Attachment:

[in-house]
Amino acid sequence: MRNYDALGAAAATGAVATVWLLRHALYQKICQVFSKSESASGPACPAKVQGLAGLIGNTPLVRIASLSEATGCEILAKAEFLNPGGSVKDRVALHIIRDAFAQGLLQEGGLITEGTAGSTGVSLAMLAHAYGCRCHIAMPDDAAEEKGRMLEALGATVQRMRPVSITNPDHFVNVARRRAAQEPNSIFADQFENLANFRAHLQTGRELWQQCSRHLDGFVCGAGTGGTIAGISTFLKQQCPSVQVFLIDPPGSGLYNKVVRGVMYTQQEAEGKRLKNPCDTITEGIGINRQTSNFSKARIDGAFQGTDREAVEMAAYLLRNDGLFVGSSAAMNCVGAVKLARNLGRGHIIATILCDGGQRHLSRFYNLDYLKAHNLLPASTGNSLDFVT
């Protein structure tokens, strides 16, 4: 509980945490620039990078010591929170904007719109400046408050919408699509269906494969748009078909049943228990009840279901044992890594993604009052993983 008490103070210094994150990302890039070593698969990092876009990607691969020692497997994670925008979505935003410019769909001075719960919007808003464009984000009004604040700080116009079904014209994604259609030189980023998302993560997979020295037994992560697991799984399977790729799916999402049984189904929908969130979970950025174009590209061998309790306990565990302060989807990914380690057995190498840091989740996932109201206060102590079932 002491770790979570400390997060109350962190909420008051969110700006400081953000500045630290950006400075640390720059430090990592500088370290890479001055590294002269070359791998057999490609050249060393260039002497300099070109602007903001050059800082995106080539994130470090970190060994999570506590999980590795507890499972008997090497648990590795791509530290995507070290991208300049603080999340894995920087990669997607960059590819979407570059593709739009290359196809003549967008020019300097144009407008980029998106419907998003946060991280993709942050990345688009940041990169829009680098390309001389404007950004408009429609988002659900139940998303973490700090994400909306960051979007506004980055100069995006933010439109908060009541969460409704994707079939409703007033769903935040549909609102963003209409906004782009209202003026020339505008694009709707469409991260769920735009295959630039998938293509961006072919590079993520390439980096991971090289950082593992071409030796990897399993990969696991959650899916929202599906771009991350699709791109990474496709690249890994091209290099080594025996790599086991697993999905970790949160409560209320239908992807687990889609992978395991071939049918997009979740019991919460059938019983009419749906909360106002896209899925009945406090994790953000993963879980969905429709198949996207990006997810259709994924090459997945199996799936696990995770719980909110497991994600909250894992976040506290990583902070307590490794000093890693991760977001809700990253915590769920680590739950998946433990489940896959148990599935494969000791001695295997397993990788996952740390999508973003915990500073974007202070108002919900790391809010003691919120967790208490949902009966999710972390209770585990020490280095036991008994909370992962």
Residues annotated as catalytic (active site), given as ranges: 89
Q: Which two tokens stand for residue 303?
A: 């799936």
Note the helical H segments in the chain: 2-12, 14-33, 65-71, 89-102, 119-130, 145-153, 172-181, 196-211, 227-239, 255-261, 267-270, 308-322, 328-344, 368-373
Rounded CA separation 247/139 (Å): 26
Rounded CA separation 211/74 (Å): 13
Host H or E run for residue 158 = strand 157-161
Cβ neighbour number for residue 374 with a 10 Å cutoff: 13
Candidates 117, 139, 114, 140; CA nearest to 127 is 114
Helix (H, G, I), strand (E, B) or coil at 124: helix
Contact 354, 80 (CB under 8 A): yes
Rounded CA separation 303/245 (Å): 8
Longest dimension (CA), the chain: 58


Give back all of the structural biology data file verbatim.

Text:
[in-house]
Amino acid sequence: MRNYDALGAAAATGAVATVWLLRHALYQKICQVFSKSESASGPACPAKVQGLAGLIGNTPLVRIASLSEATGCEILAKAEFLNPGGSVKDRVALHIIRDAFAQGLLQEGGLITEGTAGSTGVSLAMLAHAYGCRCHIAMPDDAAEEKGRMLEALGATVQRMRPVSITNPDHFVNVARRRAAQEPNSIFADQFENLANFRAHLQTGRELWQQCSRHLDGFVCGAGTGGTIAGISTFLKQQCPSVQVFLIDPPGSGLYNKVVRGVMYTQQEAEGKRLKNPCDTITEGIGINRQTSNFSKARIDGAFQGTDREAVEMAAYLLRNDGLFVGSSAAMNCVGAVKLARNLGRGHIIATILCDGGQRHLSRFYNLDYLKAHNLLPASTGNSLDFVT
């Protein structure tokens, strides 16, 4: 509980945490620039990078010591929170904007719109400046408050919408699509269906494969748009078909049943228990009840279901044992890594993604009052993983 008490103070210094994150990302890039070593698969990092876009990607691969020692497997994670925008979505935003410019769909001075719960919007808003464009984000009004604040700080116009079904014209994604259609030189980023998302993560997979020295037994992560697991799984399977790729799916999402049984189904929908969130979970950025174009590209061998309790306990565990302060989807990914380690057995190498840091989740996932109201206060102590079932 002491770790979570400390997060109350962190909420008051969110700006400081953000500045630290950006400075640390720059430090990592500088370290890479001055590294002269070359791998057999490609050249060393260039002497300099070109602007903001050059800082995106080539994130470090970190060994999570506590999980590795507890499972008997090497648990590795791509530290995507070290991208300049603080999340894995920087990669997607960059590819979407570059593709739009290359196809003549967008020019300097144009407008980029998106419907998003946060991280993709942050990345688009940041990169829009680098390309001389404007950004408009429609988002659900139940998303973490700090994400909306960051979007506004980055100069995006933010439109908060009541969460409704994707079939409703007033769903935040549909609102963003209409906004782009209202003026020339505008694009709707469409991260769920735009295959630039998938293509961006072919590079993520390439980096991971090289950082593992071409030796990897399993990969696991959650899916929202599906771009991350699709791109990474496709690249890994091209290099080594025996790599086991697993999905970790949160409560209320239908992807687990889609992978395991071939049918997009979740019991919460059938019983009419749906909360106002896209899925009945406090994790953000993963879980969905429709198949996207990006997810259709994924090459997945199996799936696990995770719980909110497991994600909250894992976040506290990583902070307590490794000093890693991760977001809700990253915590769920680590739950998946433990489940896959148990599935494969000791001695295997397993990788996952740390999508973003915990500073974007202070108002919900790391809010003691919120967790208490949902009966999710972390209770585990020490280095036991008994909370992962």
Residues annotated as catalytic (active site), given as ranges: 89
Q: Which two tokens stand for residue 303?
A: 């799936």
Note the helical H segments in the chain: 2-12, 14-33, 65-71, 89-102, 119-130, 145-153, 172-181, 196-211, 227-239, 255-261, 267-270, 308-322, 328-344, 368-373
Rounded CA separation 247/139 (Å): 26
Rounded CA separation 211/74 (Å): 13
Host H or E run for residue 158 = strand 157-161
Cβ neighbour number for residue 374 with a 10 Å cutoff: 13
Candidates 117, 139, 114, 140; CA nearest to 127 is 114
Helix (H, G, I), strand (E, B) or coil at 124: helix
Contact 354, 80 (CB under 8 A): yes
Rounded CA separation 303/245 (Å): 8
Longest dimension (CA), the chain: 58